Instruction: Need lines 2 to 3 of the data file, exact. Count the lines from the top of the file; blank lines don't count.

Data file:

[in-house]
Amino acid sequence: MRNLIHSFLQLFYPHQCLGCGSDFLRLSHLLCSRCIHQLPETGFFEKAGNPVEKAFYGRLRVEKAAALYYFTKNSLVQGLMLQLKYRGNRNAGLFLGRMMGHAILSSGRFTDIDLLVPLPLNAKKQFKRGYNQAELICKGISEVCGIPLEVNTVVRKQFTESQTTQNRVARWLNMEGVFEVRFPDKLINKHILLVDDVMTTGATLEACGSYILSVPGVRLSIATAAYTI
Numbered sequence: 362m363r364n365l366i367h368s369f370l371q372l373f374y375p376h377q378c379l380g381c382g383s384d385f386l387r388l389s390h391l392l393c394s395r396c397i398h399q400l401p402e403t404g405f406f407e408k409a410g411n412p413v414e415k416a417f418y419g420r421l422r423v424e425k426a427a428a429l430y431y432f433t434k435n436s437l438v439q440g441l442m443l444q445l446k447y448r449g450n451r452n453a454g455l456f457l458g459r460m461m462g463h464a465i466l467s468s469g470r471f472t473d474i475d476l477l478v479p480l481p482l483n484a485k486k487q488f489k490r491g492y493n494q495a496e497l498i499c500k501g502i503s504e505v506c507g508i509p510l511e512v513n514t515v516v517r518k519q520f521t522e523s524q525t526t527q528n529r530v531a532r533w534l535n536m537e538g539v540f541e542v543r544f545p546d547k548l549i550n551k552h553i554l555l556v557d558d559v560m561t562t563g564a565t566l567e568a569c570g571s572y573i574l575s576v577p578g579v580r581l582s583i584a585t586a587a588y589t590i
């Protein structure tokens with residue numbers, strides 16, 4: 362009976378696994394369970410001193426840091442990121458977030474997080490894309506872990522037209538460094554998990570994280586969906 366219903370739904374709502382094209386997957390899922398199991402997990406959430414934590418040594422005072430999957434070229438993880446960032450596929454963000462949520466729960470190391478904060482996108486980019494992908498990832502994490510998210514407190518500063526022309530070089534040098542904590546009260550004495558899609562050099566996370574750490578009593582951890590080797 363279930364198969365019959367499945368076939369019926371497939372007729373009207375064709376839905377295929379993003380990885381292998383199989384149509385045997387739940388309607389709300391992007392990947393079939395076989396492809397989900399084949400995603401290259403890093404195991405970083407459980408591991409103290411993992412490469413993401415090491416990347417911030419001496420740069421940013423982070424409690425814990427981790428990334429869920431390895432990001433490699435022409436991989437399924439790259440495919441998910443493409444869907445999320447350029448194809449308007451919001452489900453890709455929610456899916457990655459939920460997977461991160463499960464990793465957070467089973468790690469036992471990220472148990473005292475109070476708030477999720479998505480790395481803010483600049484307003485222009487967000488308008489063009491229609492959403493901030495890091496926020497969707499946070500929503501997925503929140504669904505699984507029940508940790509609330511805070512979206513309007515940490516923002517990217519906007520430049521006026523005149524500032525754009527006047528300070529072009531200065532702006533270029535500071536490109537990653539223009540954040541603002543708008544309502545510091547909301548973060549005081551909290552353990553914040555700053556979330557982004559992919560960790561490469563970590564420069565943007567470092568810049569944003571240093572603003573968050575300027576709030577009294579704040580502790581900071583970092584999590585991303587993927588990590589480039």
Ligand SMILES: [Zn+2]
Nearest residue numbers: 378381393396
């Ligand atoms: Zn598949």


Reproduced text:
Amino acid sequence: MRNLIHSFLQLFYPHQCLGCGSDFLRLSHLLCSRCIHQLPETGFFEKAGNPVEKAFYGRLRVEKAAALYYFTKNSLVQGLMLQLKYRGNRNAGLFLGRMMGHAILSSGRFTDIDLLVPLPLNAKKQFKRGYNQAELICKGISEVCGIPLEVNTVVRKQFTESQTTQNRVARWLNMEGVFEVRFPDKLINKHILLVDDVMTTGATLEACGSYILSVPGVRLSIATAAYTI
Numbered sequence: 362m363r364n365l366i367h368s369f370l371q372l373f374y375p376h377q378c379l380g381c382g383s384d385f386l387r388l389s390h391l392l393c394s395r396c397i398h399q400l401p402e403t404g405f406f407e408k409a410g411n412p413v414e415k416a417f418y419g420r421l422r423v424e425k426a427a428a429l430y431y432f433t434k435n436s437l438v439q440g441l442m443l444q445l446k447y448r449g450n451r452n453a454g455l456f457l458g459r460m461m462g463h464a465i466l467s468s469g470r471f472t473d474i475d476l477l478v479p480l481p482l483n484a485k486k487q488f489k490r491g492y493n494q495a496e497l498i499c500k501g502i503s504e505v506c507g508i509p510l511e512v513n514t515v516v517r518k519q520f521t522e523s524q525t526t527q528n529r530v531a532r533w534l535n536m537e538g539v540f541e542v543r544f545p546d547k548l549i550n551k552h553i554l555l556v557d558d559v560m561t562t563g564a565t566l567e568a569c570g571s572y573i574l575s576v577p578g579v580r581l582s583i584a585t586a587a588y589t590i